Experts at James Paget Hospital reassure breast cancer patients of high standard of care
- Credit: Archant
Three top cancer specialists have stepped in to reassure breast cancer patients at the James Paget Hospital that they can be sure of the highest standards of care, following a report last week in Lancet Oncology.
The report said the James Paget was among 10 hospitals - including Addenbrooke's Hospital, Cambridge and Ipswich Hospital - with the highest death rates following treatment, but the doctors say the figures were flawed in the national study, and the findings are based on a small patient sample.
Professor Jerome Pereira, who is internationally renowned for his work in raising standards in the treatment of breast cancer care, said: 'The report relates to a small group of patients with known secondary cancer and who were treated with chemotherapy for this. The vast majority of breast cancer patients (85pc) are cured by the combination of treatments that is given at the time of diagnosis. However, a few go on to develop further disease despite such treatment.
'The number of patients that died over the period of the study is nine and one of these was incorrectly recorded. If this small error alone was corrected, we would not be in the group of hospitals highlighted in the report.
' However, we welcome the opportunity to ensure we are delivering the highest standards of care.'
He added that, along with colleagues Mrs Sarah Downey and Miss Sue Down, they were very concerned to take steps to reassure patients and the local population.
'We have carefully reviewed the list of patients included in this study. All the patients we reviewed were treated according to national guidelines. All were seen regularly at the Sandra Chapman Suite and their general health status recorded, and this is a higher standard of care than most units were able to confirm in the study.'
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Professor Pereira added: 'We would like to assure our patients we are constantly striving to ensure they receive the very highest standards of care, as shown by our involvement in the development of guidelines and training at regional, national and international level.'
The quality of breast cancer care developed by the James Paget and its contribution to raising standards in terms of patient related outcomes, education and training has led to international acclaim.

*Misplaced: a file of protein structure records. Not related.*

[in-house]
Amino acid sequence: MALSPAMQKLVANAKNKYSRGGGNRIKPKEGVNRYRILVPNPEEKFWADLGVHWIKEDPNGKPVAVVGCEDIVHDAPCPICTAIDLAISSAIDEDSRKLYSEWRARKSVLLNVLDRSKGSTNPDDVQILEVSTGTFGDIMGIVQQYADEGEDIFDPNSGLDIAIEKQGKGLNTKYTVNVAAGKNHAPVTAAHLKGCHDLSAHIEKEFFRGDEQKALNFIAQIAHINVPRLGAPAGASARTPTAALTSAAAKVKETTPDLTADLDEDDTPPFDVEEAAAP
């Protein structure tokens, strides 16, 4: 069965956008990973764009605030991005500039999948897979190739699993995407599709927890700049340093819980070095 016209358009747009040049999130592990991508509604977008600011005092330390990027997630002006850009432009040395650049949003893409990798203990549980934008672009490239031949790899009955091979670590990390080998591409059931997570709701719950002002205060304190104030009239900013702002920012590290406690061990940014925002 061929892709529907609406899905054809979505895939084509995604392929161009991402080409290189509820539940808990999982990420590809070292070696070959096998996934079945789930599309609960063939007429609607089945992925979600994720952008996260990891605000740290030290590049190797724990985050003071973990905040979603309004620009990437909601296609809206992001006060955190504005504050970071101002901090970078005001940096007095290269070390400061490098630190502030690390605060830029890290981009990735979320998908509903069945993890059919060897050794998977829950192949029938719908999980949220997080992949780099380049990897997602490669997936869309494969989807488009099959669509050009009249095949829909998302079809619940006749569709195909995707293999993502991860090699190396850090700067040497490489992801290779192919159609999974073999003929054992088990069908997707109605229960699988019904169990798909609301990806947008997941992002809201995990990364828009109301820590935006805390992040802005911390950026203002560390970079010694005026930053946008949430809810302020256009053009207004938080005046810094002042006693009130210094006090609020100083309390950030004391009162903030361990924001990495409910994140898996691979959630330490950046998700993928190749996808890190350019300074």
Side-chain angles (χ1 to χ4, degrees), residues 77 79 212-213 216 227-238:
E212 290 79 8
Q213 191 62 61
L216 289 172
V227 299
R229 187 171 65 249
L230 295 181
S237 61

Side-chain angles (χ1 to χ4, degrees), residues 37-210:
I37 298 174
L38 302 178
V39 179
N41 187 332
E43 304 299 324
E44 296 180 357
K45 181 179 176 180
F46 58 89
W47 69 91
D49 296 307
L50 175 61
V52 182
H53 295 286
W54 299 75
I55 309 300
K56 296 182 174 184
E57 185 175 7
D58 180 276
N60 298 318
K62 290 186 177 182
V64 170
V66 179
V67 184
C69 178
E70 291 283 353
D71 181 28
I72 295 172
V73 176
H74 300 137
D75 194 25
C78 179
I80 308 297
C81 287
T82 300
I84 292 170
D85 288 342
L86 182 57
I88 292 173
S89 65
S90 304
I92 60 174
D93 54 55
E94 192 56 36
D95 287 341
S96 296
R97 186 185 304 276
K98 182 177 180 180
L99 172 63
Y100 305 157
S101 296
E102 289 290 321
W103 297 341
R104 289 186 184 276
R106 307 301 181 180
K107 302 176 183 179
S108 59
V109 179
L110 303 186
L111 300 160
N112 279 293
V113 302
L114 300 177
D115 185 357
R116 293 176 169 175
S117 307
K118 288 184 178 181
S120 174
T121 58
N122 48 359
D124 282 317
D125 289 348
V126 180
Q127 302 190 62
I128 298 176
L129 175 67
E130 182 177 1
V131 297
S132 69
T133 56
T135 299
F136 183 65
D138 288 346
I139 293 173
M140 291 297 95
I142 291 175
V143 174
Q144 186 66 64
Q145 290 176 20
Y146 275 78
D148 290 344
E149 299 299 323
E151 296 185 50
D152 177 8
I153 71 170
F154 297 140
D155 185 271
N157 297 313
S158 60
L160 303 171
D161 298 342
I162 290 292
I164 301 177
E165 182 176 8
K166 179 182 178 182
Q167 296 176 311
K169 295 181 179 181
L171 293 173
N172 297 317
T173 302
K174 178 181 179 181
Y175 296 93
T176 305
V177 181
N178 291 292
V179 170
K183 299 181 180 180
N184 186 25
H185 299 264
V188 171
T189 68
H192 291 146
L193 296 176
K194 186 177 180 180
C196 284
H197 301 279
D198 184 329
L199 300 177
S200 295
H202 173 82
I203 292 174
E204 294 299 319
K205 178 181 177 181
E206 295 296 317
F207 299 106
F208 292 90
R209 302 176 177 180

Currently, the surgeons run international masterclasses in breast cancer management and surgery in places like India, Prague, Istanbul, Singapore and the UK, providing training to improve the quality of breast cancer care for patients worldwide.
Leading the way
The James Paget University Hospital Breast Care Unit was established in 1994 by Mr Hugh Sturzaker and Professor Jerome Pereira, with generous funding from the local community. At the outset, audit and clinical governance were key to services provided to make sure that patients received the highest quality of care.
• In 1997, immediate breast reconstruction was started at the Trust, the first District General Hospital to provide this service in the East of England with simultaneous audit along with patient satisfaction to assess the quality of the new service provided.
• In 2000, the breast audit was extended to a number of hospitals in the Eastern Region. As this was the first patient related outcome measure study in breast surgery undertaken in the UK, the Health Care Commission, commissioned a national audit on mastectomy and breast reconstruction in 2007, which was led by Professor Pereira.
This was the first and largest study in the world on breast cancer surgery and included 18,000 patients and information was obtained on surgical outcomes, complications and patient satisfaction, leading to the best practice guidelines for oncoplastic breast surgery in 2012. These guidelines are supported by the Royal College of Surgeons of England, Association of Breast Surgery, British Association of Reconstructive and Aesthetic Surgery, The Royal College of Nursing and the Health Care Commission. It remains the gold standard for practice of oncoplastic breast surgery and reconstruction in the UK and abroad.
• In 2005, Mrs Sarah Downey was appointed to replace Mr Sturzaker on his retirement and she has been instrumental in playing a key role in further raising the quality and standards to care in her role as lead Quality Assurance Surgeon for Breast Cancer Screening for the East of England.
• In 2013, Miss Sue Down was appointed as consultant oncoplastic breast surgeon, where her role has been as Director of the MS in Oncoplastic Breast Surgery Programme and co-chair of the East of England Cancer Network Group.